Peace with Pakistan will continue to be an elusive myth till such time some Indian political leader emerges who can recognize that the only way to restrain Pakistan is to follow the US model against Russia in the Cold War.
Further peace with Pakistan will accrue when Indian Prime Ministers ensure that India’s war preparedness at all times is so high that coupled with Indian Prime Ministers demonstrating the will to use power, these two realities existentially deter Pakistan from provoking India and indulging in military adventurism against it..
Indian Prime Ministers down the line have not grasped the fundamentals of why peace with Pakistan will remain an elusive myth. The onus of bringing about India- Pakistan peace lies squarely on United States shoulders and not on India's shoulders.
The United States has consistently invented and re-invented Pakistan’s strategic utility for US national security interests. Pursuant to this fixation it has armed and re-armed Pakistan substantially and encouraged it to box much above its strategic weight.
Peace with Pakistan will therefore continue to be elusive till such time United States re-calibrates its South Asia policies with Pakistan removed from the centrality it occupies in US strategy.
4) China’s Containment was Implicit in Evolution of US-India Strategic Relationship: United States Now Shirks from It
Democracy and shared values were not the bed-rock of the advent of US-India’s Strategic Partnership. The bedrock of this evolving strategic relationship was an implicit understanding and strategic convergence that China’s rising military power needed to be contained for mutual strategic benefits.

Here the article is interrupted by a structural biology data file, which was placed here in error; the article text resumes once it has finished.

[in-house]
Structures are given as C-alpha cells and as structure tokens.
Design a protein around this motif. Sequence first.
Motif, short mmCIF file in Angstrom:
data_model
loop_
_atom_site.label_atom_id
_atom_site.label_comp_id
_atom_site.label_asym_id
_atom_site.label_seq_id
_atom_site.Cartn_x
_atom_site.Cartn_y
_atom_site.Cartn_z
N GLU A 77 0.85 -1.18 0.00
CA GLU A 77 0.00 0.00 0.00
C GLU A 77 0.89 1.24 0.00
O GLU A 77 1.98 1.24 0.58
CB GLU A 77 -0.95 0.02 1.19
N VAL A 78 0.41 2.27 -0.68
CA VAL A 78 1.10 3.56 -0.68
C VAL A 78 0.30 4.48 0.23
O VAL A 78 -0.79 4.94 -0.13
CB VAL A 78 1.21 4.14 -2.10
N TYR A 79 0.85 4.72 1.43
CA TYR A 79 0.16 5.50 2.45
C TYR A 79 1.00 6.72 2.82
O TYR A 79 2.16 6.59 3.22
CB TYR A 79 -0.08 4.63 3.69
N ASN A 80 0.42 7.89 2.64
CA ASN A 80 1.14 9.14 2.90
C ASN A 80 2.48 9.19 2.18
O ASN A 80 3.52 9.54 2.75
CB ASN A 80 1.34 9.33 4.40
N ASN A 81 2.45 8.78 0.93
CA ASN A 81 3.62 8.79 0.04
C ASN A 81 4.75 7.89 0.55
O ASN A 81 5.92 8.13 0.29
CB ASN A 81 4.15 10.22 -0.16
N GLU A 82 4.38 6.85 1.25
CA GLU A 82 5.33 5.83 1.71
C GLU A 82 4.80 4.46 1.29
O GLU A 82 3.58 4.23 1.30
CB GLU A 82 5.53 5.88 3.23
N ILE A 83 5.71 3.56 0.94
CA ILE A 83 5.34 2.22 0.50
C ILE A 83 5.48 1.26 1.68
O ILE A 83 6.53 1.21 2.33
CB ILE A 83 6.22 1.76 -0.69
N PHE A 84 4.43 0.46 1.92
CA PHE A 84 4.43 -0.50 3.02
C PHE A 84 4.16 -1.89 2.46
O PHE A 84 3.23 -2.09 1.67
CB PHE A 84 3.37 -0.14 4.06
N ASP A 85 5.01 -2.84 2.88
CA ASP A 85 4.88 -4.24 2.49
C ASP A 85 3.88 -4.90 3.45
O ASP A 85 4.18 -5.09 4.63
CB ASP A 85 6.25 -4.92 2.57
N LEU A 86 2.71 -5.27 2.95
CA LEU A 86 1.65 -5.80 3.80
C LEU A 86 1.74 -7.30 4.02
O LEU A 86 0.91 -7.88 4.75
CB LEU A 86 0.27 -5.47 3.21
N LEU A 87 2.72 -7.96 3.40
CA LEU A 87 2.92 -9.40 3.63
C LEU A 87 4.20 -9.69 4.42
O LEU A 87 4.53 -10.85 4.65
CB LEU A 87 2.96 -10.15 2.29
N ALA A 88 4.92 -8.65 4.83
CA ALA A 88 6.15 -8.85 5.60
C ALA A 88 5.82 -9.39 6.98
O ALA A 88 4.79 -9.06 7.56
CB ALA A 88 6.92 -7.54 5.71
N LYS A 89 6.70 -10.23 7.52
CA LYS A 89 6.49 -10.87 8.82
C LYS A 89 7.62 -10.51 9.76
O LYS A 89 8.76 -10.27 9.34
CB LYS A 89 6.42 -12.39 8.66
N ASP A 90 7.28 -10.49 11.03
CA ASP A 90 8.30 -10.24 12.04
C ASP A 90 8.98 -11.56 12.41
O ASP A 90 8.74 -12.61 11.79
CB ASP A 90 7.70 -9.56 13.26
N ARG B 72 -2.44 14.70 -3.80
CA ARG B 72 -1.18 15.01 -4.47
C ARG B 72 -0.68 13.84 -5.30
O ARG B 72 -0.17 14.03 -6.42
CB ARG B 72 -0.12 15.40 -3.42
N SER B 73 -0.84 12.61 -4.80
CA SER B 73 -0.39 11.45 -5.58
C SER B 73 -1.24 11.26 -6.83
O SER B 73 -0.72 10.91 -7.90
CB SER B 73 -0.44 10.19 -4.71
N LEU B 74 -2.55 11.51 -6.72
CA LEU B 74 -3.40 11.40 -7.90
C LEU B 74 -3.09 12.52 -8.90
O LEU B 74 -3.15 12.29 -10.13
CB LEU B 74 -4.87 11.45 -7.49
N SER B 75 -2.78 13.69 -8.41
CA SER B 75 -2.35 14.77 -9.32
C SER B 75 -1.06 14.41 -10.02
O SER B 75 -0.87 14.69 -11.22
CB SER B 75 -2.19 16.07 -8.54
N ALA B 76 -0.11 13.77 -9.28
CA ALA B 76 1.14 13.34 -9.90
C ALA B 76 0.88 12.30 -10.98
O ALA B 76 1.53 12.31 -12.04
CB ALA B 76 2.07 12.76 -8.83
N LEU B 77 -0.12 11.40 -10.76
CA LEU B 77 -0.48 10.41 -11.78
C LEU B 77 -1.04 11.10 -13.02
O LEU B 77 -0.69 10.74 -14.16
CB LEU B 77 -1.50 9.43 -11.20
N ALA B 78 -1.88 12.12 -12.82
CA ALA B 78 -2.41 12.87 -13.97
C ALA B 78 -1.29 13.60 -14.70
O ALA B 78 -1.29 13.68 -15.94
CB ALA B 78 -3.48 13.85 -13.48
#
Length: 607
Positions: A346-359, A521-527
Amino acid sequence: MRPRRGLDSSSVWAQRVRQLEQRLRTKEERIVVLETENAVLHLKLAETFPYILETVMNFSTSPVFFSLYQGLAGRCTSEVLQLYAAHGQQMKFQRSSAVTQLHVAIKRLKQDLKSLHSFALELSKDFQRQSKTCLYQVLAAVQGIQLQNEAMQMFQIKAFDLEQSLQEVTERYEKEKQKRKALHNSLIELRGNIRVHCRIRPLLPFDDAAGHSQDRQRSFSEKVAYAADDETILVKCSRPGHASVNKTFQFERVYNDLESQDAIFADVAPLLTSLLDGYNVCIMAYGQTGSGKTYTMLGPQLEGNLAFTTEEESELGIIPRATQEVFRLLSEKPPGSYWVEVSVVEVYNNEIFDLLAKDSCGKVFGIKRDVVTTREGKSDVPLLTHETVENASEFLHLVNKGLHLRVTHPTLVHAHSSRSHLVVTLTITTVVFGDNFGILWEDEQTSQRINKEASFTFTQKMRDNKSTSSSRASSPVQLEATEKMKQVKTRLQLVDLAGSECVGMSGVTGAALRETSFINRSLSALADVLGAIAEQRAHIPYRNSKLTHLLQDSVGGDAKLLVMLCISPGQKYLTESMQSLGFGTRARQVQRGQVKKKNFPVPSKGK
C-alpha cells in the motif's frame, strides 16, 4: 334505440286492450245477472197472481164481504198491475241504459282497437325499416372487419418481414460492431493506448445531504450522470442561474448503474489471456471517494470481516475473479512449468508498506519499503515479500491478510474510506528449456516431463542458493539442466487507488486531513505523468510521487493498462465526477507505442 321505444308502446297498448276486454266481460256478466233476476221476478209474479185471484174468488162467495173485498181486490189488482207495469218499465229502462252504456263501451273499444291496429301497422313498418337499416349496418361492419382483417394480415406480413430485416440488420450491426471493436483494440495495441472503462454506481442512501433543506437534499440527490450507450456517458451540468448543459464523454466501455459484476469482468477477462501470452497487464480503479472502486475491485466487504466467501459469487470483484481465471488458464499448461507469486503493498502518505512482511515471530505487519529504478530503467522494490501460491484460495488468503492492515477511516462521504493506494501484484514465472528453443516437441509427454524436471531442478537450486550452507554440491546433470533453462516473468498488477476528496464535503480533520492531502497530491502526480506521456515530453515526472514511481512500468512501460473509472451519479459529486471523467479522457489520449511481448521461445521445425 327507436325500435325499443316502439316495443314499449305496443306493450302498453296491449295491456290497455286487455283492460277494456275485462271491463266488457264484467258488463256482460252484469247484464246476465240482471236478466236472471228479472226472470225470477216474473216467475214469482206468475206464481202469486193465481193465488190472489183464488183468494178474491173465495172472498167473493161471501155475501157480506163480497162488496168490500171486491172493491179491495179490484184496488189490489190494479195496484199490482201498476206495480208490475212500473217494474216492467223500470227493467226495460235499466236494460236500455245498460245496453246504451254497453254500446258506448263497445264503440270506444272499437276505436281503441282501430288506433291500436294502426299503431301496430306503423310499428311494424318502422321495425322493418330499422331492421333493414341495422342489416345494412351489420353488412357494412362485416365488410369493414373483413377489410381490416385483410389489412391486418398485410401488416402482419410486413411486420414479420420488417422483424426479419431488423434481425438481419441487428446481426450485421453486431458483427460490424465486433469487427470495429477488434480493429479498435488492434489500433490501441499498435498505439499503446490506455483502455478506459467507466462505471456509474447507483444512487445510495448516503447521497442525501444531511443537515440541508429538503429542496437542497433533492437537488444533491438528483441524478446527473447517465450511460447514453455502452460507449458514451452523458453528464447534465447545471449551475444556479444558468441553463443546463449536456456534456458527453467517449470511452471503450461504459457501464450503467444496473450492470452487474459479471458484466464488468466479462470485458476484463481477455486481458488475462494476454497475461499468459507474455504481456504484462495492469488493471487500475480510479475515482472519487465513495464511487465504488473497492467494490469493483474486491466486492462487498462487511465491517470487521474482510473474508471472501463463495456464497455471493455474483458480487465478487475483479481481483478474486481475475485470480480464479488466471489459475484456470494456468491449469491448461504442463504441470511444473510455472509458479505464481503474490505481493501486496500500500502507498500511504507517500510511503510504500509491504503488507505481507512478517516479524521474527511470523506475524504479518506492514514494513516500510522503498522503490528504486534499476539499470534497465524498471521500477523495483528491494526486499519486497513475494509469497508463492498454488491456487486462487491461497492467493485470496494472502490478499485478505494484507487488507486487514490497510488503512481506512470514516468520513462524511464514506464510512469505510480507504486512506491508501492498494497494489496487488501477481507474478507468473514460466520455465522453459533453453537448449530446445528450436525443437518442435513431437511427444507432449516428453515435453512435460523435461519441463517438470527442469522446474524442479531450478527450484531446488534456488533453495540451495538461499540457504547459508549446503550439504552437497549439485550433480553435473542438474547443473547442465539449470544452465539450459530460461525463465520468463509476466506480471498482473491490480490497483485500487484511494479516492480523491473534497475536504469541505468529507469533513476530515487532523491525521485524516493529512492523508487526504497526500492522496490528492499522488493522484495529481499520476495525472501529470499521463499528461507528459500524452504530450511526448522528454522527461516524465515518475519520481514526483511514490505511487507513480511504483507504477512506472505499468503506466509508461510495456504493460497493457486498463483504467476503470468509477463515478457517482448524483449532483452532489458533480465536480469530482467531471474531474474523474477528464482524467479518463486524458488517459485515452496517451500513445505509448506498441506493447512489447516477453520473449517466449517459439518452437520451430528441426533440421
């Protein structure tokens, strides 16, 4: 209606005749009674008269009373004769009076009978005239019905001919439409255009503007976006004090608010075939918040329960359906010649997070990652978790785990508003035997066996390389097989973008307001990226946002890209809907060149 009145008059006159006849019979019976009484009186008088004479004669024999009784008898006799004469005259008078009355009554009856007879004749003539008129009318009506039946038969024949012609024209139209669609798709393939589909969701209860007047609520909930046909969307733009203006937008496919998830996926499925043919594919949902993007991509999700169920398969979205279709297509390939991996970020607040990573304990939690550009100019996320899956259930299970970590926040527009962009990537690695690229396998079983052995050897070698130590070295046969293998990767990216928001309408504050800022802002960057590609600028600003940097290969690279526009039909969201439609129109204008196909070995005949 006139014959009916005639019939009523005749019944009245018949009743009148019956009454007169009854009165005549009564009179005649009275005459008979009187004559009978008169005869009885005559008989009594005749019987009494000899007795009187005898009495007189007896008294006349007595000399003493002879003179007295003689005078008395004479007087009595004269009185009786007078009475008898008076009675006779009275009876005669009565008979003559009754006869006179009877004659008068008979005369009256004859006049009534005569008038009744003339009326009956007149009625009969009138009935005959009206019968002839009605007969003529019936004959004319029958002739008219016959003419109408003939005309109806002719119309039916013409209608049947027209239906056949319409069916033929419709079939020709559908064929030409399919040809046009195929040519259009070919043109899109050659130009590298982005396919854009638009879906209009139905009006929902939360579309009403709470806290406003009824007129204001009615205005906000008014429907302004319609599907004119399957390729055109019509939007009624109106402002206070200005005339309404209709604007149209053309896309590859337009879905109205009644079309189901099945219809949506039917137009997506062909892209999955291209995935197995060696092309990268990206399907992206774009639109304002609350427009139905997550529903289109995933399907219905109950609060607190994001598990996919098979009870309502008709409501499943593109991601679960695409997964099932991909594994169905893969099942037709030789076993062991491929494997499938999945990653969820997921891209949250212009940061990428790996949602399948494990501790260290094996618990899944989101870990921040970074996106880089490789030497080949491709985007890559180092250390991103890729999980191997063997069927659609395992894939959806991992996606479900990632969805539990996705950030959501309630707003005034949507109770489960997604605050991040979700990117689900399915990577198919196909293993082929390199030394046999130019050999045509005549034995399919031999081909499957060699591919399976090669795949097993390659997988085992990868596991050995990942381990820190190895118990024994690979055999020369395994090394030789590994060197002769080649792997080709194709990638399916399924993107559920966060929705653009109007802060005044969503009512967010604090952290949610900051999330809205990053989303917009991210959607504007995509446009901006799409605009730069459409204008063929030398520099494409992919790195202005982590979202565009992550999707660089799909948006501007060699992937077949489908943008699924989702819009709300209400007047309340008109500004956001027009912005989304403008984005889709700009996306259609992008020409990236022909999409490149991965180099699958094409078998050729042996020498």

American strategic literature of the preceding decade and even in this decade is alive with discussions to this end.
The American stress on joint exercises and enter-operability with the Indian Armed Forces was surely not for disaster management purposes. The underlying intent has surely been a possible China contingency.
Recent and latest United States foreign policy trends indicate that the United States is no longer imbued with a China containment strategy. Nothing could be more blasphemous for Indian ears than the latest US proposal of a G-2 (US and China) combine to control global affairs. The underlying content is not only economic but also a strategic compromise that the United States seems to be making with China.
Further, India’s Prime Minister and his team are seemingly unaware that it is a cardinal tenet of United States strategic policies that no single Asian nation emerges as the predominant power. To that end United States would continue to play more of a role of a “balancer” rather than side with India to offset China’s military rise.
India’s Foreign Policy Options (2004-2009) Foreclosed by “United States Factor” Primacy
India will now begin to strategically pay for its foreign policies or lack of foreign policies during the period 2001-2009 arising from giving a misplaced primacy to the “United States Factor” in its foreign policy formulations.
In respect of India’s main threat adversaries, namely Pakistan and China, India’s foreign policy options stand foreclosed because of the “US Factor”.
The Indian Prime Minister with all his proximity to the United State has failed to prevail and convince the United States to restrain Pakistan’s proxy war and terrorism against India.
Contrarily, the Indian Prime Minister is being pressurized to suffer Pakistan’s intransigence for the cause of greater American strategic good.